Company G is a start-up IT company providing IT consulting services including software development, business analysis, and project management. Company G has been successful in securing businesses from corporate clients ranging from small to large in the past few years. It is a steadily growing company.
To continue to be competitive in today’s challenging economy, Company G needs employees with multiple IT skills who can work efficiently with the latest technologies. However, finding individuals with these skills have proven to be very difficult, both in the local and the EEA labour markets. The company has made several recruitment attempts without success, and as a result, their plans to expand the business have been delayed.
After the latest recruitment effort, Company G identified a suitable candidate who is a non-EEA national to fill in one of their vacant IT roles. In order to employ this individual, Company G applied for a Tier 2 General Sponsor Licence. The application was refused by Home Office who took the view that the job role offered was not a genuine vacancy.
Following the refusal of their Sponsor Licence application, and near the end of the 6-month cooling off period required before they could apply again, Company G came to A Y & J Solicitors for help. They were in the process of securing a contract to deliver IT services to a client and required an IT expert with specific skills to deliver the services. They were concerned that the previous refusal of a similar application could have a negative impact on the current application. Failure to obtain a Sponsor Licence and the subsequent inability to hire a skilled migrant worker could result in losing the contract with the new client.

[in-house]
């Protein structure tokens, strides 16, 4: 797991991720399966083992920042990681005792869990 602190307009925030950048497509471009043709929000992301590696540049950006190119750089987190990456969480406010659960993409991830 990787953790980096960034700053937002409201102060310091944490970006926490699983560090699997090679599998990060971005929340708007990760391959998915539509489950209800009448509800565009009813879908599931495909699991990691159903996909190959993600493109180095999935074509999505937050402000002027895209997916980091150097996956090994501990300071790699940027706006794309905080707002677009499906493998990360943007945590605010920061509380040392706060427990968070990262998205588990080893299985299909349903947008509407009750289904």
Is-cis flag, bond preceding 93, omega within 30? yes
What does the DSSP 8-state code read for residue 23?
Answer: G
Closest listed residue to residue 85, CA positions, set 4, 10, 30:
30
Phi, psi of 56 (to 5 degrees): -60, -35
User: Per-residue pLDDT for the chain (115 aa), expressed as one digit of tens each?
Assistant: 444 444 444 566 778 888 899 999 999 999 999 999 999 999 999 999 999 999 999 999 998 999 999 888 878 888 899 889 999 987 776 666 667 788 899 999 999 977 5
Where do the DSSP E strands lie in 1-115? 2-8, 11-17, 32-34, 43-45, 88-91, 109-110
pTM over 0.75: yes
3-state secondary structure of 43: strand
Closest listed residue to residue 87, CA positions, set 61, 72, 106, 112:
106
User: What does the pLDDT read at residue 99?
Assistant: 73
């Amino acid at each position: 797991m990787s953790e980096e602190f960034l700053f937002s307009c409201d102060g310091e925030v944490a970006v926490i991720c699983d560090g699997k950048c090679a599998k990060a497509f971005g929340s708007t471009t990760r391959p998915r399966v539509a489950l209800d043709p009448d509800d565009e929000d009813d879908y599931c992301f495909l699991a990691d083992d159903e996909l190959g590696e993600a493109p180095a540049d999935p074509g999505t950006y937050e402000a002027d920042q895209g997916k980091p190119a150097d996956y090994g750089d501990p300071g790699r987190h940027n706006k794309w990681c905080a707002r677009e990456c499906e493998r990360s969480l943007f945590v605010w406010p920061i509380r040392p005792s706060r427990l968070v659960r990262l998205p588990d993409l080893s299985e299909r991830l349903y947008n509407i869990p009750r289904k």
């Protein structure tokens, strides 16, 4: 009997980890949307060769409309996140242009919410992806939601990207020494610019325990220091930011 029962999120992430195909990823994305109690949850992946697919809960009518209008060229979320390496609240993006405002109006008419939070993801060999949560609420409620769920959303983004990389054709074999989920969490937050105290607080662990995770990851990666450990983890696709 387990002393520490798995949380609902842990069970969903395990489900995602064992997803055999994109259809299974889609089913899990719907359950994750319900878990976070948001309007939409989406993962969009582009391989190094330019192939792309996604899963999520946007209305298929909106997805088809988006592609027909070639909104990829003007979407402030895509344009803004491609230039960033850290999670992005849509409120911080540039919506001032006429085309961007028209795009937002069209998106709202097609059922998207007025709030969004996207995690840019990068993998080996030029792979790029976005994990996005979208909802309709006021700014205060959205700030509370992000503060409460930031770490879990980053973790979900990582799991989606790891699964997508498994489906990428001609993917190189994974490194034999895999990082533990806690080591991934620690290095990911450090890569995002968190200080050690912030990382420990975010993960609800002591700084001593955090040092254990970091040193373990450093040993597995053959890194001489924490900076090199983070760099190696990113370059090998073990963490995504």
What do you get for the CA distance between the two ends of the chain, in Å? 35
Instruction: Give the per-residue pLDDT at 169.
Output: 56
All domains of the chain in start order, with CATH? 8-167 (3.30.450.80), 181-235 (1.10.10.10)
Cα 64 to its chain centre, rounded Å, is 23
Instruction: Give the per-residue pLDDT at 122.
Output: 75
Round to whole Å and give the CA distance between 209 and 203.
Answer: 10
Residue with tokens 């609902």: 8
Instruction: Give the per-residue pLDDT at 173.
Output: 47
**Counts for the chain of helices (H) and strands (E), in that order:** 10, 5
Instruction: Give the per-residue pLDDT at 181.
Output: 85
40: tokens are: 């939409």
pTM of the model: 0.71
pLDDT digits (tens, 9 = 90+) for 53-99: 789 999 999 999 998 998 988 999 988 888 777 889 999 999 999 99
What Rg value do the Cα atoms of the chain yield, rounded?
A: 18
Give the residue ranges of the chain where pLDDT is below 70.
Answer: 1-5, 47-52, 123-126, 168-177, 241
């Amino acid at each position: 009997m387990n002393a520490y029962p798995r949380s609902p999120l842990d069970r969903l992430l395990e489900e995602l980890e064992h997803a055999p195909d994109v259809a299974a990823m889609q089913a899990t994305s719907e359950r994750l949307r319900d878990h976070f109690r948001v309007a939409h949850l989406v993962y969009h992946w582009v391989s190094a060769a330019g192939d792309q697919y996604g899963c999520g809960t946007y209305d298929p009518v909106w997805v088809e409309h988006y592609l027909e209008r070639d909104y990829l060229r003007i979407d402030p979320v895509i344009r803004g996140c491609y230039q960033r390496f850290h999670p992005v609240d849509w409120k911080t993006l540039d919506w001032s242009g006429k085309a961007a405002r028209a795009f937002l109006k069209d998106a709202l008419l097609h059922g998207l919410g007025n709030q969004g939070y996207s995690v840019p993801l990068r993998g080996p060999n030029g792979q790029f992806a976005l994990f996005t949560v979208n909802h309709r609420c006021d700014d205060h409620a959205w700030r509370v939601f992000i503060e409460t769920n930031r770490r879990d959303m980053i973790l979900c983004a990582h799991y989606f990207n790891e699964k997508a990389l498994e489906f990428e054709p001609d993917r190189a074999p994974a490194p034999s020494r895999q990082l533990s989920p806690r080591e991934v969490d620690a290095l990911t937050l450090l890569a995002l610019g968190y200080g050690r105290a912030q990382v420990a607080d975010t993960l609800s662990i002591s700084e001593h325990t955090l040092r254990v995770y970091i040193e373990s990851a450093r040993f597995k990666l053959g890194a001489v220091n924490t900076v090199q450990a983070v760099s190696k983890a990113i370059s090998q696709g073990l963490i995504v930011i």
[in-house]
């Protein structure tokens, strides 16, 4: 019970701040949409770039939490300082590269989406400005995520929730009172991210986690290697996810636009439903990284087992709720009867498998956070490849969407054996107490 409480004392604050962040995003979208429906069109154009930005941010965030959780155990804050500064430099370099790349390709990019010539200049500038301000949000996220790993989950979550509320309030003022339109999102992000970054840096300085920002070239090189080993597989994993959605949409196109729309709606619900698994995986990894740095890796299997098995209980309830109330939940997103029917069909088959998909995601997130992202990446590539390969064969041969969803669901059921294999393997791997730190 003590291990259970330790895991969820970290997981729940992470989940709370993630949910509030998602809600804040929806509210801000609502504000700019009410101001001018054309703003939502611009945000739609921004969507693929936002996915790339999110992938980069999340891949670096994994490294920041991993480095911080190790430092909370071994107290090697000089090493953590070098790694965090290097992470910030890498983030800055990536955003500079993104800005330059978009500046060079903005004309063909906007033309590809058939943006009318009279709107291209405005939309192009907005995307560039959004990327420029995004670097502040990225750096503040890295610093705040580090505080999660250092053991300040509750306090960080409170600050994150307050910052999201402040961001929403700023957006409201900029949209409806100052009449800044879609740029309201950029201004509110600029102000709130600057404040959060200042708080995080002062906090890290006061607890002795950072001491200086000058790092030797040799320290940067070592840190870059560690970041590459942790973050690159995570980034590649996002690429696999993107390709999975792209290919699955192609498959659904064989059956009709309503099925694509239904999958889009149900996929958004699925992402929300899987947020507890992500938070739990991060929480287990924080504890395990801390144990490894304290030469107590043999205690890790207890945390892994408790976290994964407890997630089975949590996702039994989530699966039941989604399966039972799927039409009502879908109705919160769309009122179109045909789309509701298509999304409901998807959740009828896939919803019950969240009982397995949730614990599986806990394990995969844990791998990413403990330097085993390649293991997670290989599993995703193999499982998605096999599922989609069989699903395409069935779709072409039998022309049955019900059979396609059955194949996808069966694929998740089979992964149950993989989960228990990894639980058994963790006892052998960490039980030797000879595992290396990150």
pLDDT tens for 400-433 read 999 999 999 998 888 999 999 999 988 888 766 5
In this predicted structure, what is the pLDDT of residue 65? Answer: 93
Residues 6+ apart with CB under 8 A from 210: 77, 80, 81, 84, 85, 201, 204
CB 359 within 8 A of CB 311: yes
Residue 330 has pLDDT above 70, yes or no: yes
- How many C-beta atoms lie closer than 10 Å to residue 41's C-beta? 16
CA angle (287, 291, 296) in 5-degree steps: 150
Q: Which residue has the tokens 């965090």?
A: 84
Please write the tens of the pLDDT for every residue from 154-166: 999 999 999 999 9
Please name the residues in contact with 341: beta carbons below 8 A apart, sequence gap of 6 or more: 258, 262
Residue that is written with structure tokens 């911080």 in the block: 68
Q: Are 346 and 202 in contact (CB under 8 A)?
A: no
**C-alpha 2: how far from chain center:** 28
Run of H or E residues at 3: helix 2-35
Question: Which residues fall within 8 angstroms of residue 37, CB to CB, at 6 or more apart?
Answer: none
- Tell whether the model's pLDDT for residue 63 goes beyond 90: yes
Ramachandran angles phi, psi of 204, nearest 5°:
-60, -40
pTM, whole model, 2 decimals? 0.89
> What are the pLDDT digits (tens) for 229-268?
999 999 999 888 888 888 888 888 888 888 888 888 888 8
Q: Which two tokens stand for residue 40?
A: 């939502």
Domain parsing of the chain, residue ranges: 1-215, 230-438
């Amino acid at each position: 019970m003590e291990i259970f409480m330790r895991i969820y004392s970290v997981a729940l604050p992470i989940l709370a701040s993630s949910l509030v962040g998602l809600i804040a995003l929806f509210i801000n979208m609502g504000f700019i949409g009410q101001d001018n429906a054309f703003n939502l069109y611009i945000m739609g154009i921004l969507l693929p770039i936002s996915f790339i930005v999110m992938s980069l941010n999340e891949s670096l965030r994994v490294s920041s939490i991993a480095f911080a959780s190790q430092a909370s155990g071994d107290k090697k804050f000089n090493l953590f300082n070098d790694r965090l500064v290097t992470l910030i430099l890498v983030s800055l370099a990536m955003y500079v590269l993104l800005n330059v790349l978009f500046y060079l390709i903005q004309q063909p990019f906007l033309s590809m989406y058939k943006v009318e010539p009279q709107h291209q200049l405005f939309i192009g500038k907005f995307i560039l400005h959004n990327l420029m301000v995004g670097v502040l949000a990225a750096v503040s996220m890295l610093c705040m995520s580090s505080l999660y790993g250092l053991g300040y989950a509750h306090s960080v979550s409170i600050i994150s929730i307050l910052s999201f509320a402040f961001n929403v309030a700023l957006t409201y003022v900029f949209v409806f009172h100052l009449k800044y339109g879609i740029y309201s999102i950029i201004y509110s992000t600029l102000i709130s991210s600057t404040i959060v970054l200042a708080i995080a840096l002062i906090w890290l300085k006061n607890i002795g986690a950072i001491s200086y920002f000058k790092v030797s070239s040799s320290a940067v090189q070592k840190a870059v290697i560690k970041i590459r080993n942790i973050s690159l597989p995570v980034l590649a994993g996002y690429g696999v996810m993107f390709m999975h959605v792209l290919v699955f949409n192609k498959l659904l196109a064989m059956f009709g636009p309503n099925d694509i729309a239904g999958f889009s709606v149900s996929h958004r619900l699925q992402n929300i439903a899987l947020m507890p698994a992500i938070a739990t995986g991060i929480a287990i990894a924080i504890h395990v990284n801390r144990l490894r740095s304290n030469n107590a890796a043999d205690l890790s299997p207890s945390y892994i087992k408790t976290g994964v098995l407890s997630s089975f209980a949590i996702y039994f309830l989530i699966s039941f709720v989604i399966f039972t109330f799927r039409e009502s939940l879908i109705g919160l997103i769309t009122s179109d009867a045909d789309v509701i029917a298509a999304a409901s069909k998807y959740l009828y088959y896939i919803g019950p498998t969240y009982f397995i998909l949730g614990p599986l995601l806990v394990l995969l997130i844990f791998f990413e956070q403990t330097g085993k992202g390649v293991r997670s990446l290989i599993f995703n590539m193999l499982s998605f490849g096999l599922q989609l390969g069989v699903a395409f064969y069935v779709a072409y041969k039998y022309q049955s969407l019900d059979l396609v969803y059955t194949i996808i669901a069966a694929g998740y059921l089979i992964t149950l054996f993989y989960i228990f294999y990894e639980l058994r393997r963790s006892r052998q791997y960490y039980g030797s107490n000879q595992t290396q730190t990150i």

The complication, in this case, is the issue of genuine vacancy. Home Office applies a very subjective test when considering a genuine vacancy, leading to unnecessary refusals.
After an unannounced visit from the Home Office and an interview with the director, Company G’s application was refused solely on the ground of genuine vacancy. This was in spite of the company meeting all the requirements of the application. As the refusal was unreasonable and failed to acknowledge that Company G had provided sufficient documents to show that the vacancy was genuine, we advised and assisted Company G in making a formal request for the decision to be reviewed.
Company G was successful in challenging the refusal decision and has been granted their much-needed Sponsor Licence. They are now able to employ the skilled individual they need to work on the project and are proceeding with their expansion plans.
We are very passionate about the work we do. We understand that corporations do require legal help in managing their Sponsor Licence matters. Our dedicated team is always ready to help!